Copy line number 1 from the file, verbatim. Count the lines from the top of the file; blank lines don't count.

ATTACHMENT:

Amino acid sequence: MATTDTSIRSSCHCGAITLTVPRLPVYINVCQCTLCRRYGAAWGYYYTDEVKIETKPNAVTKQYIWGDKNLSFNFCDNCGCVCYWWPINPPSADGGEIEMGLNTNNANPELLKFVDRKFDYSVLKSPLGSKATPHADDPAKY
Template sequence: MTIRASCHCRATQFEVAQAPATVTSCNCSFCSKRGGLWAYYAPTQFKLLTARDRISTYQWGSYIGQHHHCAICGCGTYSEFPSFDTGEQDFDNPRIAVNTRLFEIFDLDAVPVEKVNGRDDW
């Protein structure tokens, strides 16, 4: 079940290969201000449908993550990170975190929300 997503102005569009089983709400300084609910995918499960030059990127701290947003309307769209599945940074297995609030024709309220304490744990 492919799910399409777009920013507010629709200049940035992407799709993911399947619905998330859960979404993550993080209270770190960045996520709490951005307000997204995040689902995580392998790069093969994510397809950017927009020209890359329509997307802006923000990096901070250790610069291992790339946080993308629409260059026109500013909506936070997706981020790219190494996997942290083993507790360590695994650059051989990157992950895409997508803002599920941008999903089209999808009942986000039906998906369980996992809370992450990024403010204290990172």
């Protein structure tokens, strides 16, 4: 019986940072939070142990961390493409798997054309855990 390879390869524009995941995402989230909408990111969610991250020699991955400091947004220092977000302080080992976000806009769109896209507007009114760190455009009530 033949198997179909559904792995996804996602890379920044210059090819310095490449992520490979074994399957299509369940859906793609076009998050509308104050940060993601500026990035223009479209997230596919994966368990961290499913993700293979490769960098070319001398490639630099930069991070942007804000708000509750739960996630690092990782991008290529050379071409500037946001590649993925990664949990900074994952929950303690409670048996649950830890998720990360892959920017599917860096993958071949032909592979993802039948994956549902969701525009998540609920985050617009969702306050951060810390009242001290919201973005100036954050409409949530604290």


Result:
Amino acid sequence: MATTDTSIRSSCHCGAITLTVPRLPVYINVCQCTLCRRYGAAWGYYYTDEVKIETKPNAVTKQYIWGDKNLSFNFCDNCGCVCYWWPINPPSADGGEIEMGLNTNNANPELLKFVDRKFDYSVLKSPLGSKATPHADDPAKY